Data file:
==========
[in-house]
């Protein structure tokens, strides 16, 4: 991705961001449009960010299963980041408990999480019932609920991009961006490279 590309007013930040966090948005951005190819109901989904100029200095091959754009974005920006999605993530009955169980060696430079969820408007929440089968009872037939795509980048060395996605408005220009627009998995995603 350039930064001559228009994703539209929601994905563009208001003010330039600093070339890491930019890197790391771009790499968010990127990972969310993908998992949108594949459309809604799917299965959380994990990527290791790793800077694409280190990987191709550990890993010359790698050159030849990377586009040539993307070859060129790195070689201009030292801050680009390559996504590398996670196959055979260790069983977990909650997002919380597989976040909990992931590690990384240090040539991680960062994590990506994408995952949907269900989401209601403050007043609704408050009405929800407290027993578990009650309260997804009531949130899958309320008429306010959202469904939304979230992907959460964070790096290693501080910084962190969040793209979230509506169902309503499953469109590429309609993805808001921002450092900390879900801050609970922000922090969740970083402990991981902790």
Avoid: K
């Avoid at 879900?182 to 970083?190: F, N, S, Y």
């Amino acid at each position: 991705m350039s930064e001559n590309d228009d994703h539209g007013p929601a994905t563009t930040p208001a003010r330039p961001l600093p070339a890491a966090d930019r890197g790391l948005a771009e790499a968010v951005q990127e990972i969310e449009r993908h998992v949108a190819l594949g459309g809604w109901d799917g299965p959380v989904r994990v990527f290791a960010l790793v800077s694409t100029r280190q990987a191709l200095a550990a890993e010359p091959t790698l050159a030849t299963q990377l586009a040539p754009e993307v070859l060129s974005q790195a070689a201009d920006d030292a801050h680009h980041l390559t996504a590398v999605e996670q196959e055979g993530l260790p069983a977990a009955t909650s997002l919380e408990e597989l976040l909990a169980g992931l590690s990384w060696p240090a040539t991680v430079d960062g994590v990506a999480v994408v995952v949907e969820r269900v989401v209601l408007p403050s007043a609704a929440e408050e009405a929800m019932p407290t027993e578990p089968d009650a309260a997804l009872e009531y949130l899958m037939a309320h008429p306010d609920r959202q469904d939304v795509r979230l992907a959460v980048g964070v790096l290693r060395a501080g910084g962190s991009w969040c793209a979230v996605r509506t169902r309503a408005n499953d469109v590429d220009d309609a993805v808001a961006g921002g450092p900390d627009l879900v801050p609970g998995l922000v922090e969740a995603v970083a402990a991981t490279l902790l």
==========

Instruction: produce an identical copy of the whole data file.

[in-house]
């Protein structure tokens, strides 16, 4: 991705961001449009960010299963980041408990999480019932609920991009961006490279 590309007013930040966090948005951005190819109901989904100029200095091959754009974005920006999605993530009955169980060696430079969820408007929440089968009872037939795509980048060395996605408005220009627009998995995603 350039930064001559228009994703539209929601994905563009208001003010330039600093070339890491930019890197790391771009790499968010990127990972969310993908998992949108594949459309809604799917299965959380994990990527290791790793800077694409280190990987191709550990890993010359790698050159030849990377586009040539993307070859060129790195070689201009030292801050680009390559996504590398996670196959055979260790069983977990909650997002919380597989976040909990992931590690990384240090040539991680960062994590990506994408995952949907269900989401209601403050007043609704408050009405929800407290027993578990009650309260997804009531949130899958309320008429306010959202469904939304979230992907959460964070790096290693501080910084962190969040793209979230509506169902309503499953469109590429309609993805808001921002450092900390879900801050609970922000922090969740970083402990991981902790």
Avoid: K
């Avoid at 879900?182 to 970083?190: F, N, S, Y």
């Amino acid at each position: 991705m350039s930064e001559n590309d228009d994703h539209g007013p929601a994905t563009t930040p208001a003010r330039p961001l600093p070339a890491a966090d930019r890197g790391l948005a771009e790499a968010v951005q990127e990972i969310e449009r993908h998992v949108a190819l594949g459309g809604w109901d799917g299965p959380v989904r994990v990527f290791a960010l790793v800077s694409t100029r280190q990987a191709l200095a550990a890993e010359p091959t790698l050159a030849t299963q990377l586009a040539p754009e993307v070859l060129s974005q790195a070689a201009d920006d030292a801050h680009h980041l390559t996504a590398v999605e996670q196959e055979g993530l260790p069983a977990a009955t909650s997002l919380e408990e597989l976040l909990a169980g992931l590690s990384w060696p240090a040539t991680v430079d960062g994590v990506a999480v994408v995952v949907e969820r269900v989401v209601l408007p403050s007043a609704a929440e408050e009405a929800m019932p407290t027993e578990p089968d009650a309260a997804l009872e009531y949130l899958m037939a309320h008429p306010d609920r959202q469904d939304v795509r979230l992907a959460v980048g964070v790096l290693r060395a501080g910084g962190s991009w969040c793209a979230v996605r509506t169902r309503a408005n499953d469109v590429d220009d309609a993805v808001a961006g921002g450092p900390d627009l879900v801050p609970g998995l922000v922090e969740a995603v970083a402990a991981t490279l902790l």